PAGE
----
American classical liberals should stay firm and defend their ideas under the proper labels. There is no reason for change (see my Degrees of Freedom: Liberal Political Philosophy and Ideology), there is only a need for explanation and defense. Giving up clear and proper labels plainly sucks.         

Libertarianism and the new generation

Computer use as an adult: check my bills, check my savings, look at pricing for home improvements, check the scores, send & answer emails, read blogs if I’m lucky.

Has there been any foundational libertarian academic work done in the last 35 years? I mean, when I was in college, you read Ayn Rand, Milton Friedman, Murray Rothbard, Mises, and Nozick. These were the people you read if you wanted to familiarize yourself with common libertarian sentiment on questions of public policy (“economics”), ethics, foreign affairs, and cultural shifts.

What do the kids read nowadays? I’m in favor of overhauling the canon. I’d keep Nozick and Rand, but whose work should we consult on matters of public policy (“economics”) and foreign affairs? I think I’m going to have to be the one who answers the foreign affairs question, but what about econ? Whose work is the new Mises/Friedman? Whose going to overtake Rothbard and come up with a libertarian manifesto for a new generation?

Has our time come and gone already? If we don’t need new voices and fresh perspectives, then we’ve already lost the war of ideas.

“Libertarianism and international violence”

An oldie but goodie from RJ Rummel:

Based on theory and previous results, three hypotheses are posed:

1. Libertarian states have no violence between themselves.

2. The more libertarian two states, the less their mutual violence.

3. The more libertarian a state, the less its foreign violence.

These hypotheses are statistically tested against scaled data on all reported international conflict for 1976 to 1980; and where appropriate, against a list of wars from 1816 to 1974, and of threats and use of force from 1945 to 1965. The three hypotheses are found highly significant. Tests were also made for contiguity as an intervening variable and were negative. Finally, two definitions of “libertarian” are tested, one involving civil liberties plus political rights, the other adding in economic freedom. Both are highly positive, but economic freedom is also found to make a significant added reduction in the level of violence for a state overall or between particular states.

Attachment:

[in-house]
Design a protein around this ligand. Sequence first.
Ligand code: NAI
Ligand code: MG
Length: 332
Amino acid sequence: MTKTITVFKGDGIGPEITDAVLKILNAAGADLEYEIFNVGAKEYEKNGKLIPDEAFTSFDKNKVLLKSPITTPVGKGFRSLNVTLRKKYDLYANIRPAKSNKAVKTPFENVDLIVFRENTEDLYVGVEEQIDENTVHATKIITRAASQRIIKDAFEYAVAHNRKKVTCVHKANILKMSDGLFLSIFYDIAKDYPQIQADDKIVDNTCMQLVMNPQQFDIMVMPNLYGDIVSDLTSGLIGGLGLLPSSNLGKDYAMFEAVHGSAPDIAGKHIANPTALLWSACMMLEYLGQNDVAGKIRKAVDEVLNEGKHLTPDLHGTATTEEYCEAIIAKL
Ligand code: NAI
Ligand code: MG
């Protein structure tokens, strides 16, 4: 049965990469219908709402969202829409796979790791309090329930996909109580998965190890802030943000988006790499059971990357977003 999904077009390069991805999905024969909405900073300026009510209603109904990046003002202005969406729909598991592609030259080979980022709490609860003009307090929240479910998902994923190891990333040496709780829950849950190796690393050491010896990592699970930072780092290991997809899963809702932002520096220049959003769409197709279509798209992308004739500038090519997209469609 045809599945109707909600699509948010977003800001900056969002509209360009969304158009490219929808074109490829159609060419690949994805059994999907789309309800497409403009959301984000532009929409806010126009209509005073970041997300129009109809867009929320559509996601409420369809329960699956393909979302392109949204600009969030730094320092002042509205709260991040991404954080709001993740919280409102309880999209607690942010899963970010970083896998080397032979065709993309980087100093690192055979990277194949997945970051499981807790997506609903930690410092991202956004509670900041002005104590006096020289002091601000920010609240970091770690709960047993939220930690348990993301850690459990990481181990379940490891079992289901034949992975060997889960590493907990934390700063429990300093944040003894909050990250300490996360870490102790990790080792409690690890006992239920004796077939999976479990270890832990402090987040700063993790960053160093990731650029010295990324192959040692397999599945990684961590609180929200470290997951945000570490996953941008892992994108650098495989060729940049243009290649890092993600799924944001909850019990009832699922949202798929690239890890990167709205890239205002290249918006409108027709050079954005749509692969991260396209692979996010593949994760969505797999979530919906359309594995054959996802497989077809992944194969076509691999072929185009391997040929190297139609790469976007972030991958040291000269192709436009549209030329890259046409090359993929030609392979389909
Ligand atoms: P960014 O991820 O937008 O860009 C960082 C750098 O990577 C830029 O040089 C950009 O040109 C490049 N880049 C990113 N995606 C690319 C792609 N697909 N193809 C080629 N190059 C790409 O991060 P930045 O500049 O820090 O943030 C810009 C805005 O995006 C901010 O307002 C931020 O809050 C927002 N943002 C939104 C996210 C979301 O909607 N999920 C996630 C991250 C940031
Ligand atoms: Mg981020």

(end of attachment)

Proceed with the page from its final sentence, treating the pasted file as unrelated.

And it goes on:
Here’s the link, and this turned into an article in Journal for Conflict Resolution. I think he’s wrong. I think it’s a shame that this argument is cited as an example of libertarian thought in international relations, or at least that it’s still cited as The Libertarian Example. It was good when it came out during the Cold War (in 1983). But it’s soooo Westphalian. Trying to bring Philadelphian sovereignty back into the picture is a tough slog.

Libertarian foreign policy for the 21st century

American libertarians are behind the times when it comes to foreign policy (also known as “international relations”). We’re still, to a large extent, stuck in a Cold War mentality. The non-interventionism of Murray Rothbard and Robert Higgs is still prevalent in our circles, but this non-interventionism is rooted in the bipolar power struggle between the United States and the Soviet Union; it’s concerned with imperial overreach rather than liberty and republican security, which is understandable given the America’s role in the Cold War (the reactionary opposite to the Soviet penchant for exporting revolution).

European classical liberals are ahead of us, as they are in a more multipolar environment than us Americans, but they’re missing something too. They think the Westphalian status quo is just fine. They point to the European Union and they say, it’s better than nothing. But the world has changed since Westphalian confederations were en vogue. How does Westphalian nation-statism answer puzzles like Somaliland or Biafra or Balochistan?